ELD Implementation: Lessons Learned From a Carrier Perspective

As December 18 draws closer, many carriers are currently facing important decisions about electronic logging devices (ELDs) in order to comply with the federal mandate. My company, Transport America, was at the same point four years ago.

With over 1,000 trucks in our fleet and even more drivers to get up to speed, it was a slow process initially and certainly a learning experience. But the electronic logs have become an integral part of our business, and we have found the technology comes with many advantages as well.

Lessons learned after ELD implementation

Lessons learned after ELD implementation | The Road

Initial concerns were soon dissolved.
It’s human nature to be wary of the unknown. Initially, our team had a fair amount of anxiety about switching to electronic logs: How will it impact productivity? Will drivers still be able to make a living? What if I’m five miles from home and I reach my hours of service maximum? But as it turned out, a lot of those fears were unfounded. We did see a slight dip in productivity when we first implemented the devices, but have since regained most of it through some operational adjustments.

Drivers quickly saw the upside.
We implemented ELDs slowly at Transport America. Once a few drivers agreed to try them, they quickly realized how easy the technology was to use and, in some cases, they actually got more time back. For instance, with paper logs, there is a 15-minute minimum for stops. But maybe you’re only stopped for five or six minutes—the electronic logs record that time accurately, and it can add up.

Once we had the devices available and the team started to understand how it all worked and what the ELDs could do for them, more and more of them were eager to implement in their trucks. In fact, when we went out to talk with drivers a month later, we asked what they would say if we told them we are going back to paper logs. The overwhelming sentiment was that they could never go back to paper—our drivers say the ELDs are easier, save them a lot of time and headaches trying to maintain accurate log info, and take the potential for human error out of the equation completely.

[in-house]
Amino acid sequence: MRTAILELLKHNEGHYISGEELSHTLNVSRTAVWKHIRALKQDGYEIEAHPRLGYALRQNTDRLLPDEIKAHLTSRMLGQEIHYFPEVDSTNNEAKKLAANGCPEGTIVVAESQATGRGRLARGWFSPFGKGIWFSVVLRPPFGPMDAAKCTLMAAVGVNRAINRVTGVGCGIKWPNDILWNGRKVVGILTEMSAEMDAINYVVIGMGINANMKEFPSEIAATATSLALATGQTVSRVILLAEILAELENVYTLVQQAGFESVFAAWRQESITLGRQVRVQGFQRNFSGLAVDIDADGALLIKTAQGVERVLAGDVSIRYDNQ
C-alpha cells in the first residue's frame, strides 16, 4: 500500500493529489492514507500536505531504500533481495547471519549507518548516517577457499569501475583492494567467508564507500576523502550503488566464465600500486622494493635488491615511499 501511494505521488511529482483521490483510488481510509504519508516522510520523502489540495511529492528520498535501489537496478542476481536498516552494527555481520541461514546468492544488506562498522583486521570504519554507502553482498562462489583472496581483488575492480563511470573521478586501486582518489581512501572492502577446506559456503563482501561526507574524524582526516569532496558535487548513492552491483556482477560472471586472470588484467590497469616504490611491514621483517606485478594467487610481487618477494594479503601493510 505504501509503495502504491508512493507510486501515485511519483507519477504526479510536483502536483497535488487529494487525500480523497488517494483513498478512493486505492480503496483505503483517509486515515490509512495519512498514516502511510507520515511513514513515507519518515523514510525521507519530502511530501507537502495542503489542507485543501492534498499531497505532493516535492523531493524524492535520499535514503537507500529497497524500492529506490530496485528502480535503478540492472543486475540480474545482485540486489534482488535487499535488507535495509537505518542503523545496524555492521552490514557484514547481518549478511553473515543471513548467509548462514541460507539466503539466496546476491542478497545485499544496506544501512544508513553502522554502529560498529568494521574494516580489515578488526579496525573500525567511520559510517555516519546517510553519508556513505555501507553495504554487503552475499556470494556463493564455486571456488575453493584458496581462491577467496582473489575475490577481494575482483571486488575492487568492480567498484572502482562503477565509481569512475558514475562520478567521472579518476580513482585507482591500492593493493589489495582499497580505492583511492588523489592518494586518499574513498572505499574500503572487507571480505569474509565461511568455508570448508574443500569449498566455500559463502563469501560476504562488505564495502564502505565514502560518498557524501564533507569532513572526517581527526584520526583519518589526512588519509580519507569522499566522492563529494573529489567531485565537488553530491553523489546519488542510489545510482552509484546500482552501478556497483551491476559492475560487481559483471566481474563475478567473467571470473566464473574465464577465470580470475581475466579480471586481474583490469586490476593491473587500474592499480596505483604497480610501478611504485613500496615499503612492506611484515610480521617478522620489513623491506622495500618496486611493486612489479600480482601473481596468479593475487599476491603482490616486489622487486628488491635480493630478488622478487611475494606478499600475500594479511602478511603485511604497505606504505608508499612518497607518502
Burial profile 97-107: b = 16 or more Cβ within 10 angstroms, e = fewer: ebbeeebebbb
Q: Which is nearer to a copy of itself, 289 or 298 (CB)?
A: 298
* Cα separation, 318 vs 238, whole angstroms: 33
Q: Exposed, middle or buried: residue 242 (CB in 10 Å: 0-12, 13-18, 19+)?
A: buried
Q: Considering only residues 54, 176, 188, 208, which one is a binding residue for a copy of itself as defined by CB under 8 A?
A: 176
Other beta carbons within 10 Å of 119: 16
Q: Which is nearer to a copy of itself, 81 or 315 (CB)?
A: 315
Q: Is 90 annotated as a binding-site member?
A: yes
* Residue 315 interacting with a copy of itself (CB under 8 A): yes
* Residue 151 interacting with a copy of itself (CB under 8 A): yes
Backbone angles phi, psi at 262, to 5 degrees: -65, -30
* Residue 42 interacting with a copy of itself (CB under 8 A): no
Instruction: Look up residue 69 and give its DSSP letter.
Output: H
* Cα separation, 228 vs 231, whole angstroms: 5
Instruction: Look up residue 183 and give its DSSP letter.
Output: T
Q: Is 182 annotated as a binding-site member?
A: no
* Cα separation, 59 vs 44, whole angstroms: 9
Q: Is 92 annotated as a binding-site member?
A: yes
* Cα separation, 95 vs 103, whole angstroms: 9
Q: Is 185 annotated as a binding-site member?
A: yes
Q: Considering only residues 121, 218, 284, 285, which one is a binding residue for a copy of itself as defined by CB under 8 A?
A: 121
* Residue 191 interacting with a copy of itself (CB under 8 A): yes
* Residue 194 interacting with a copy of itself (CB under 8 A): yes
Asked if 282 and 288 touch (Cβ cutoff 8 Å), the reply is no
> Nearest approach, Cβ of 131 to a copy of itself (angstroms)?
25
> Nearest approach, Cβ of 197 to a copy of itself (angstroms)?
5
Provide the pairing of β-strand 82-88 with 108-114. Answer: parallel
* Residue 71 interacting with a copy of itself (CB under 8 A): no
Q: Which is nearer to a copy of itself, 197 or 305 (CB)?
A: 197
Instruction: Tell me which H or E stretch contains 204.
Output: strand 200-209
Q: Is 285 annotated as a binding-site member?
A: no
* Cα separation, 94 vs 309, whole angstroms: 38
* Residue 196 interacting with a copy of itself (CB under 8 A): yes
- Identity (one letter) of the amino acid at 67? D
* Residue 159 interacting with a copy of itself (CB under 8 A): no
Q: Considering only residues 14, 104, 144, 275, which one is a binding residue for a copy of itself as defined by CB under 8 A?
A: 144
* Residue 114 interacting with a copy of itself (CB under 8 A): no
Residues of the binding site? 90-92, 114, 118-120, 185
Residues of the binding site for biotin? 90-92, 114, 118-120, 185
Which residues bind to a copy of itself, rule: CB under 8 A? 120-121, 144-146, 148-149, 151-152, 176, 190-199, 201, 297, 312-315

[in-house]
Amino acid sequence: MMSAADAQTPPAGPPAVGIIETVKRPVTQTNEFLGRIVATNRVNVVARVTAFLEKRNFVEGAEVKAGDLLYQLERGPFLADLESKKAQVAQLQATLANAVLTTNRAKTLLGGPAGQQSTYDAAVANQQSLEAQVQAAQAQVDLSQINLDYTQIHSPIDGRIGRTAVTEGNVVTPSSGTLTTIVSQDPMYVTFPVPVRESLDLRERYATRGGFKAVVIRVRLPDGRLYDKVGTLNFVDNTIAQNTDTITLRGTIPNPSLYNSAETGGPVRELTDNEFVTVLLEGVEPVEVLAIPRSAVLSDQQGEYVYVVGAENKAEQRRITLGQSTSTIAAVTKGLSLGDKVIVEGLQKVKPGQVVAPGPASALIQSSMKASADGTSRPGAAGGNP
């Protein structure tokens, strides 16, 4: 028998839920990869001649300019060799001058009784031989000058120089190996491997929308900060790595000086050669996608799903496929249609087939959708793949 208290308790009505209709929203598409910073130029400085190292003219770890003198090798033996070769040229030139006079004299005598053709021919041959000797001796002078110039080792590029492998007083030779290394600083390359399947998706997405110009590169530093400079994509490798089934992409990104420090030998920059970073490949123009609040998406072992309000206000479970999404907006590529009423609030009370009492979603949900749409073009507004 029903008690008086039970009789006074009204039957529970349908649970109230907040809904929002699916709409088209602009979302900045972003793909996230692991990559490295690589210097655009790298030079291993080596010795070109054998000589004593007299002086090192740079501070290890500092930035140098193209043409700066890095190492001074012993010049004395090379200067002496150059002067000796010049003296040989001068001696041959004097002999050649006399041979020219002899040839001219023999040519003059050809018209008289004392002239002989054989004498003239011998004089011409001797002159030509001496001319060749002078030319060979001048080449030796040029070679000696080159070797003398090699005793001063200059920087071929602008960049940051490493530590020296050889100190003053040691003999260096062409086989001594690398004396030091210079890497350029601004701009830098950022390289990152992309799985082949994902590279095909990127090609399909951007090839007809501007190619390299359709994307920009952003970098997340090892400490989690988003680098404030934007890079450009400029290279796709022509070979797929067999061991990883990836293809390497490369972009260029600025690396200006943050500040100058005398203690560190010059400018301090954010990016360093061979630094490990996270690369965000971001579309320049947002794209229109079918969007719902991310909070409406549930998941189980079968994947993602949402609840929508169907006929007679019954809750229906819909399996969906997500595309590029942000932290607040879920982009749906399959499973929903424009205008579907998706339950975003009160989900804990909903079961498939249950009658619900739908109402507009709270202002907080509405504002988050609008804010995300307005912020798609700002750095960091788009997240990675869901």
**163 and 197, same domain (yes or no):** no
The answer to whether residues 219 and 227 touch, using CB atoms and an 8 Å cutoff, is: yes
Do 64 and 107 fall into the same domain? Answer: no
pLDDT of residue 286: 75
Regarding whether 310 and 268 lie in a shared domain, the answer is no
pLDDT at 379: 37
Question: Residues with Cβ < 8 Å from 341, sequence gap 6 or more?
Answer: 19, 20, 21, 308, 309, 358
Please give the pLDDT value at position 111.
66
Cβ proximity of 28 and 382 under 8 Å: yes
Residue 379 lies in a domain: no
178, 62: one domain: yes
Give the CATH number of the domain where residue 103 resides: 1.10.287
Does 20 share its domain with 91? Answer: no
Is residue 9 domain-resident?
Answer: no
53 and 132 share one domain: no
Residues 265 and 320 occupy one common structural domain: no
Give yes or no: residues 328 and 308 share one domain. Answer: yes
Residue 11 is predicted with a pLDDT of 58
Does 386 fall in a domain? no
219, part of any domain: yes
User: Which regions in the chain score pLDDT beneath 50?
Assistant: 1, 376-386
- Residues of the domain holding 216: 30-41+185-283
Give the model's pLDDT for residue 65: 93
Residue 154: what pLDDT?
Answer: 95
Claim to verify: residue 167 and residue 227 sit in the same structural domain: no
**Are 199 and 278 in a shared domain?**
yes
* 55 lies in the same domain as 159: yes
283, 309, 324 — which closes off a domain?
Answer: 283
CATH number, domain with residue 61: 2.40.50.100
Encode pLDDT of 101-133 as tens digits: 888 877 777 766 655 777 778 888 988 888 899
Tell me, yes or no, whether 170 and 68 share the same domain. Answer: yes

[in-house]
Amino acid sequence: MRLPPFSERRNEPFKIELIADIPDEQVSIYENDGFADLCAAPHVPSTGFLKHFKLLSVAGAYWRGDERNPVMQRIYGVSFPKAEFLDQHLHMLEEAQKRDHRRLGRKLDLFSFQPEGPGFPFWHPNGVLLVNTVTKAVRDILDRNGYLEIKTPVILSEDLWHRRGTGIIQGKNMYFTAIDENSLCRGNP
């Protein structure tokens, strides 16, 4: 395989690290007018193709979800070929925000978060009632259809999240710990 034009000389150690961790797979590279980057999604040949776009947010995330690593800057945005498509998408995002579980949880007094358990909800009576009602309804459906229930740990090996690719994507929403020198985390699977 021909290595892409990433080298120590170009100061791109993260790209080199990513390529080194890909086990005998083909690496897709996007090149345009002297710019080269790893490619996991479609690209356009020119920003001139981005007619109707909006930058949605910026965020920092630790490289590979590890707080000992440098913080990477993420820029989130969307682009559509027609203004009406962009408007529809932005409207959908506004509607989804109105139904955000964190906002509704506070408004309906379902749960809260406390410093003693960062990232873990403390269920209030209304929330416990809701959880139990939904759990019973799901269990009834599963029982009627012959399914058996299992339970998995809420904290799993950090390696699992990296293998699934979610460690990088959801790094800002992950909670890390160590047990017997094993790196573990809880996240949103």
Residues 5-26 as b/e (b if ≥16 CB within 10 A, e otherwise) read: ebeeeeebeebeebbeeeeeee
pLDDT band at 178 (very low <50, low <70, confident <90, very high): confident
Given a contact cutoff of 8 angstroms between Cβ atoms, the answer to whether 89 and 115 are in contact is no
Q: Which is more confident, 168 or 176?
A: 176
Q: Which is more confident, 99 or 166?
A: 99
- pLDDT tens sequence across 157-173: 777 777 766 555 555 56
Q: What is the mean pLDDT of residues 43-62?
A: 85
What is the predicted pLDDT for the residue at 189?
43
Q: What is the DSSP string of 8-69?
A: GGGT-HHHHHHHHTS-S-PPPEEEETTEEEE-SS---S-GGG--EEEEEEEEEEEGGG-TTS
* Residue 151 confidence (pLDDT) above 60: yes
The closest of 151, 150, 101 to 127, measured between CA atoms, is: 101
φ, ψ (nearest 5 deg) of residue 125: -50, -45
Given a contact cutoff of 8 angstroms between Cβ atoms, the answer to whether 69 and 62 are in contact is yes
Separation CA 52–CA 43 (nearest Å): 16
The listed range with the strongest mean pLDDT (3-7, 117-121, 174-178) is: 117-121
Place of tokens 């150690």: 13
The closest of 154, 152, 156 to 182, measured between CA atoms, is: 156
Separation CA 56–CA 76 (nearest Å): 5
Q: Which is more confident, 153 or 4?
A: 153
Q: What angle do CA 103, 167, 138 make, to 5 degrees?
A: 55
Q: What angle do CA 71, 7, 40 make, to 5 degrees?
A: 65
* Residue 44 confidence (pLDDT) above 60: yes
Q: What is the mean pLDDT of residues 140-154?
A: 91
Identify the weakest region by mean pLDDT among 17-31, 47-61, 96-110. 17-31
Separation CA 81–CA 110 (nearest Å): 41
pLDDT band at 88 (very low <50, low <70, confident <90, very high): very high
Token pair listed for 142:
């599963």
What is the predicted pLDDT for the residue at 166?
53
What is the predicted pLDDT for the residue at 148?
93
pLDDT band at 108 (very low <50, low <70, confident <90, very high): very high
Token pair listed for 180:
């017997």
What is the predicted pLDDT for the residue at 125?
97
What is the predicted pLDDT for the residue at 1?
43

Overall business can benefit, too.
Our day-to-day operations continue to evolve since we implemented electronic logging devices. We have found it useful for both our fleet managers and planners to have access to data that allows them to see the complete picture for each truckload and each truck’s activity.

In some cases, the data has actually helped us understand where we can improve productivity. For example, we identified transit times and delivery expectations that were unrealistic given regulatory limitations. We were able to use the electronic logs to have productive conversations with customers, because the data shows that in order to move freight legally, changes needed to be made.

As an industry, we have some work to do to find ways to make freight pickups and deliveries more efficient. ELD data is just one tool to help identify opportunities to improve and create those efficiencies to make us better.

Don’t wait until December to implement

Don’t wait until December to implement | The Road

The best advice I can offer is if you haven’t implemented electronic logging devices yet, start exploring your options now. There are a lot of choices out there, and it could take some time to determine which is the best one for your business.

Some products might not be available at the last minute, especially if you have a large fleet to equip. Perhaps most importantly, don’t underestimate the amount of training required to get drivers and employees comfortable with the technology. It could take three months or more to install the hardware, educate drivers and staff, and ensure they know how to use the ELDs properly.

I would also recommend involving your drivers in developing the training—they understand the different situations and circumstances they may encounter and will need to address on the road better than anyone. You can’t over train when it comes to electronic logs. Bottom line: If you wait until December to start, you’re going to be too late.

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